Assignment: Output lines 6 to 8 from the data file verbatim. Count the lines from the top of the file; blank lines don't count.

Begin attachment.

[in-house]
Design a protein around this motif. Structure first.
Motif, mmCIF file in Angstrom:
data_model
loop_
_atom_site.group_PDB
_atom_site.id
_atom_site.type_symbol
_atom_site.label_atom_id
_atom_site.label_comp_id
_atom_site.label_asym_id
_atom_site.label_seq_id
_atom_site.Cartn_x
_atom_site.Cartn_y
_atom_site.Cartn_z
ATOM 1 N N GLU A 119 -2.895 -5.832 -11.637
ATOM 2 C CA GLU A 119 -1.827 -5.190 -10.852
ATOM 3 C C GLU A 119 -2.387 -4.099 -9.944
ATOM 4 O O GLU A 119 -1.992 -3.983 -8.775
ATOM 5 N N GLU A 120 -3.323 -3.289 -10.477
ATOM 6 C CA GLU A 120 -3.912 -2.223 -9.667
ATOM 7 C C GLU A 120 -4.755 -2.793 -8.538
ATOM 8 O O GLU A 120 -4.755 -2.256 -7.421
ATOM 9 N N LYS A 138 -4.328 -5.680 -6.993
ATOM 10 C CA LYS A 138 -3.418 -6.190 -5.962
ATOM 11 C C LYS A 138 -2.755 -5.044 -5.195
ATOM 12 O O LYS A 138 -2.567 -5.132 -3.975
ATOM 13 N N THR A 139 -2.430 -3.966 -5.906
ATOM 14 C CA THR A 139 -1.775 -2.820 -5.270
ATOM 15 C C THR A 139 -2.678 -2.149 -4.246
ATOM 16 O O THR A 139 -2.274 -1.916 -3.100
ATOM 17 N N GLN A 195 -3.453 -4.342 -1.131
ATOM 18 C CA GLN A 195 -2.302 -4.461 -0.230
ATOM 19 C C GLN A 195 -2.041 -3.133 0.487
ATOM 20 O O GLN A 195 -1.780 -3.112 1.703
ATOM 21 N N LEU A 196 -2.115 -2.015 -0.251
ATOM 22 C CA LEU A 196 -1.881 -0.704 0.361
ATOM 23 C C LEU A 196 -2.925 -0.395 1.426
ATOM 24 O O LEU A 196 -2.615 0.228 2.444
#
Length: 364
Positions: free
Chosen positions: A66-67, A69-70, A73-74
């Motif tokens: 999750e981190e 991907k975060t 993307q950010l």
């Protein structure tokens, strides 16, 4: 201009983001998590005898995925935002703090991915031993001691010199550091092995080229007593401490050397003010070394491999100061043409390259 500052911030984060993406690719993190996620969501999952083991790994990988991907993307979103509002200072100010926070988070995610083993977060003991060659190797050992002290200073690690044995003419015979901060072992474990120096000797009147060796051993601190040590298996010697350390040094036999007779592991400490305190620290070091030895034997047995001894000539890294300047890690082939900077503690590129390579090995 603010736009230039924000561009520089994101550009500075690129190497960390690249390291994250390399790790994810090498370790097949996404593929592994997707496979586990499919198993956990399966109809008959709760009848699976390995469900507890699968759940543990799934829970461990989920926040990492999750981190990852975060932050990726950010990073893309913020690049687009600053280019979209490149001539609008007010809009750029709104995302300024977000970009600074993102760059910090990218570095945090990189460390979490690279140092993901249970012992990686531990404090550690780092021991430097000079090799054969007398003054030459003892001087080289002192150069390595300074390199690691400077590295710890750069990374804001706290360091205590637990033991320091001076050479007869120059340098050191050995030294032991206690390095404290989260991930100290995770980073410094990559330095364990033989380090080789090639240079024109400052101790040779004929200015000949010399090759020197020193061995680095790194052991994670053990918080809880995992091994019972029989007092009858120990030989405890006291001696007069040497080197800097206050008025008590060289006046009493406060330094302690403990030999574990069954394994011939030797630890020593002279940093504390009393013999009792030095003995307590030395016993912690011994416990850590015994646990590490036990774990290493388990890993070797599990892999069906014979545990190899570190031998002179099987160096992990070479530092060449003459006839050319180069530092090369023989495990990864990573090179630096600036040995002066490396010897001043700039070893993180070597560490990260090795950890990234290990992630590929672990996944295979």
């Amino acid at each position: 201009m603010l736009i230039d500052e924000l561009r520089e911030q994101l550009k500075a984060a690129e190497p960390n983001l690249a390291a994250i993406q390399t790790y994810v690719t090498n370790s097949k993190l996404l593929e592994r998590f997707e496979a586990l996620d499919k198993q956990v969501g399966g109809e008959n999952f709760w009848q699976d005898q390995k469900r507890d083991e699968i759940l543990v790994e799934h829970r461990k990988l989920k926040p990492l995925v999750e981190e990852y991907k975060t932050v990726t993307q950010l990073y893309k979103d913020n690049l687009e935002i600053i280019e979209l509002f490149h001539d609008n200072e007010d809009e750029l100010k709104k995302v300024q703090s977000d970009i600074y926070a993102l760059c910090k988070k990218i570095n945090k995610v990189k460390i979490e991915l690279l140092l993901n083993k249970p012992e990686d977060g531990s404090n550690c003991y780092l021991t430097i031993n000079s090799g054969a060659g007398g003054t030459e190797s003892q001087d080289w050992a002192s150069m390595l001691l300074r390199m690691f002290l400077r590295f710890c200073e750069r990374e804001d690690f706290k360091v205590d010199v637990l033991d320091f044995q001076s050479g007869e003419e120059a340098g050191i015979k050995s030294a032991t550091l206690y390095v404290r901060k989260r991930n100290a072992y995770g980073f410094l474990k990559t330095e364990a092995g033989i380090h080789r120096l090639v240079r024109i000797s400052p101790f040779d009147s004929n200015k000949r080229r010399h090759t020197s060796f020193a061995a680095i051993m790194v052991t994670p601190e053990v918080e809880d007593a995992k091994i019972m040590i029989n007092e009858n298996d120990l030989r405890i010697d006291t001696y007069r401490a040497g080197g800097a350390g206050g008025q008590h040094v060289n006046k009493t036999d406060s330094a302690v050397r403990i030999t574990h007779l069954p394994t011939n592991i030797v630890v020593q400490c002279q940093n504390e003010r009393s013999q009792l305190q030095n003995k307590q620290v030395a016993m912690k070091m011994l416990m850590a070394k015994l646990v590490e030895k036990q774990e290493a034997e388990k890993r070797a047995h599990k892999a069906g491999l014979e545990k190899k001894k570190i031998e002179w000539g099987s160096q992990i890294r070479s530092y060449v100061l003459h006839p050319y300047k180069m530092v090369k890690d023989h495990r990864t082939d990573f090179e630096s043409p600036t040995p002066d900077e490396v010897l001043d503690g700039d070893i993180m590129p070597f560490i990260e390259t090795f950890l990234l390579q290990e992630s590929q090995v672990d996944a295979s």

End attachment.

_atom_site.group_PDB
_atom_site.id
_atom_site.type_symbol